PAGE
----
A Grossly Underrated Masterpiece - 5 STARS
, March 7, 2008
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If you're reading this, you are undoubtedly familiar with the legacy that Pete Rock & CL Smooth created throughout the early 90s. Personally, they created my favorite hip-hop album of all time with "Mecca & The Soul Brother". With that said, big time fans may be a bit discouraged by this LP. After all, aside from a few guest appearances, CL hasn't been the most active rapper since 1994. Also, some fans will simply dismiss this album because Pete Rock isn't in his corner.
Contrary to popular belief, Pete Rock was not the sole reason for the duo's cult-like following or popularity. And the more I listen to this LP, the more I think CL Smooth is the man that held them so tightly together. One point that nobody can argue is that CL Smooth is spitting ill rhymes and flows as if he's been recording an album every year since 1994. The amazing part is how good he sounds over these beats. This is where the controversy comes into play. Many fans will ignore this joint simply because Pete Rock isn't behind the boards (actually, he does stop by once).
The production credits are extensive: Mike Loe, Rsonist (Heatmakerz), Kaygee & Tramp, Squarta, DonJoe & Del, and Pete Rock. I'm not sure how long it took them to record this album, but CL Smooth is just fitting right in as if he's been working with them for years. The chemistry is boiling on par with the Pete Rock days. And to be honest, Pete Rock's beat is outshined a number of time by these relatively unknown producers. The mix never feels cluttered or overproduced, and sounds just as cohesive as a Pete Rock platter of beats - I know, hard to believe, right? That's the same conclusion I keep coming back around to after several listens.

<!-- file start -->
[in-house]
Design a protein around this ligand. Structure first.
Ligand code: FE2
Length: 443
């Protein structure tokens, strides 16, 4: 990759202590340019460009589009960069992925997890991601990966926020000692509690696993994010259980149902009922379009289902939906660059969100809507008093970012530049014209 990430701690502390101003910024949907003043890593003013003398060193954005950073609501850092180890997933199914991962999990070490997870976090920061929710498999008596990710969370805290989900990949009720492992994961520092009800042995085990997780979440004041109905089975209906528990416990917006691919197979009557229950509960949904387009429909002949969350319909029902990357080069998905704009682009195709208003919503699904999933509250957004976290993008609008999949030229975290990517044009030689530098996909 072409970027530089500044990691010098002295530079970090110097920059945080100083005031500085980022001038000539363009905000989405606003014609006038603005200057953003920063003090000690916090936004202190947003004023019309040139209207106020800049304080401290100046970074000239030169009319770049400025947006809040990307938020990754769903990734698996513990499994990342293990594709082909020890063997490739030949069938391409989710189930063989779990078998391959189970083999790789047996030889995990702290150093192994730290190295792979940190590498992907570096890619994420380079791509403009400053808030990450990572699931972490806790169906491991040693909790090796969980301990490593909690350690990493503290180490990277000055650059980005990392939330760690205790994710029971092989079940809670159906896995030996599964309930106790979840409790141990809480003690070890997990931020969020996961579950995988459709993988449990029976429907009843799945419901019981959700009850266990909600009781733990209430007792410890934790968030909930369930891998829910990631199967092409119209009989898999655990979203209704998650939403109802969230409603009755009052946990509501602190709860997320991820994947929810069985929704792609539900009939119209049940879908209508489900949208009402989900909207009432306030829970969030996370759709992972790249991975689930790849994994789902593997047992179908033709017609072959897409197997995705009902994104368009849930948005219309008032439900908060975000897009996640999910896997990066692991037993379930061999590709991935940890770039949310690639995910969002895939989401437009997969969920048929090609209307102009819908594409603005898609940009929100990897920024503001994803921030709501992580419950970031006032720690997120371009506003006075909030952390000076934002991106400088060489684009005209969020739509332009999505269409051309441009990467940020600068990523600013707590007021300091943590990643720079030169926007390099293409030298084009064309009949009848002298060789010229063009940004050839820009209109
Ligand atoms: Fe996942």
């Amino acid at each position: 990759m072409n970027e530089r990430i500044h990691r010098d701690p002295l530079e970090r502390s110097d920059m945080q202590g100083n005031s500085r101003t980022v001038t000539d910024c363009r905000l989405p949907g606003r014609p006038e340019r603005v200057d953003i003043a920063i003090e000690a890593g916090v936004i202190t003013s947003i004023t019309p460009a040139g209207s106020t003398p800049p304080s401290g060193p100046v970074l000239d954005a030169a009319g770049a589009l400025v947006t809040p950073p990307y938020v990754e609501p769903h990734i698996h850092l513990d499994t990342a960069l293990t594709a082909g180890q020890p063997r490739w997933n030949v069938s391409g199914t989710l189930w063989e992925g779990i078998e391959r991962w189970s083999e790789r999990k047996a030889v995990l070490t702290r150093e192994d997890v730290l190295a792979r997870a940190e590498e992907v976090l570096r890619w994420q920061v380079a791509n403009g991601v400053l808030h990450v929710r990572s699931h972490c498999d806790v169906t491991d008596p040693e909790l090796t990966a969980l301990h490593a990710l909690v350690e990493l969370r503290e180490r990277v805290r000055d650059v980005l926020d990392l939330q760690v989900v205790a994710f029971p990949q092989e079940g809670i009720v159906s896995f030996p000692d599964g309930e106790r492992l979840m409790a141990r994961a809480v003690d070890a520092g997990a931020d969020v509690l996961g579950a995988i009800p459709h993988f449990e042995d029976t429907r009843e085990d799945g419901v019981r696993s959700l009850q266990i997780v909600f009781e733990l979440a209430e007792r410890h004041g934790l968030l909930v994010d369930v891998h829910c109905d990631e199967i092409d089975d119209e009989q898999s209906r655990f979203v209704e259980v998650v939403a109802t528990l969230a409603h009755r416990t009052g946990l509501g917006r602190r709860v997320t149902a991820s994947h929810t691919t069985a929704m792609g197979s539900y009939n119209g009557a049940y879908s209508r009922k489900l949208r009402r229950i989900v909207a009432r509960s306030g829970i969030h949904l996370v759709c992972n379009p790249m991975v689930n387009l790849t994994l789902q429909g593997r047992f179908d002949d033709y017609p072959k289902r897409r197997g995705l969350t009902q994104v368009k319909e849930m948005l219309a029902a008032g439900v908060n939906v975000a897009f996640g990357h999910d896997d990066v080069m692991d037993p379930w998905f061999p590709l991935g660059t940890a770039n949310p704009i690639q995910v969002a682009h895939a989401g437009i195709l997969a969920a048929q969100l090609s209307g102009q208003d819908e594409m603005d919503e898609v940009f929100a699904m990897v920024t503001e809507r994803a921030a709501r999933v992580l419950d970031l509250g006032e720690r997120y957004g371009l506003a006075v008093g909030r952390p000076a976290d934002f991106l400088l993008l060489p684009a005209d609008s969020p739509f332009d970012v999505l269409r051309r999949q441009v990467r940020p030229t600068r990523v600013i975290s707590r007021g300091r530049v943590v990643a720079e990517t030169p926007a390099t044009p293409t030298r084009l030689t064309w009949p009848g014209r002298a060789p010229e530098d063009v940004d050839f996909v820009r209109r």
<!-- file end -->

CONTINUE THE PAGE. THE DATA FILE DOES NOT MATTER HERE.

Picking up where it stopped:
The extraordinary introduction prepares you for CL's assault of outstanding talent. The title track rolls in with a fly guitar lick, a track masterminded by Rsonist. And CL Smooth is flowing over it like butter. CL's lyrics are a bit more political than usual, bringing up a few more topics that relate to the struggle of urban decay. But overall, his stance is similar to the old days - strong rhymes, solid flow & conscious lyrics. Mike Loe drops the addictive soundscape on "I Can't Help It". CL's flows match this production beautifully. Sounds like a hit to me. "Call On Me" boasts a seductive chorus from female vocalist Nazz. CL comes through with a set of warm soothing lyrics. A beautiful tune. "CL Smooth Unplugged" may be my favorite joint here. Squarta drops a loop similar to Air's "Moon Safari" production. Ultra hot chemistry here. Rsonist drops another dope beat on "Warm Outside", and CL, once again eases into it and enhances the feel. At this point in the mix, I'm thinking - is there any beat CL can't flow over? "Gorilla Pimpin" sounds nice, thanks to Kaygee & Tramp's dope hook. "The Impossible" boasts a little dirtier guitar riff that CL, as usual, works well with. "It's A Love Thing" is the lone track produced by Pete Rock, which will obviously be a fan favorite. As usual, Pete makes a beautiful and full soundscape (with soothing vocals by Denosh), that works perfectly with CL. It's on par with the best joints on the album, but honestly, there's better in my opinion. "Smoke In The Air" is another quality with memorable production. Rsonist (my favorite at this point) drops another banger on "The Stroll" to get the blood pumping just before the "Outro". We are treated with 2 more tracks at the end - "All We Ever Know" & "Heaven Is Watching You". Not bonus track per se, and they heighten the quality of the album nicely.
Regardless of what old school hip-hop heads will tell you, this albums deserves a healthy push as one of CL Smooth's crowning achievements. It's by far his most ambitious work to date, and how it gets labeled as anything but a classic (or perhaps near classic) is truly beyond me.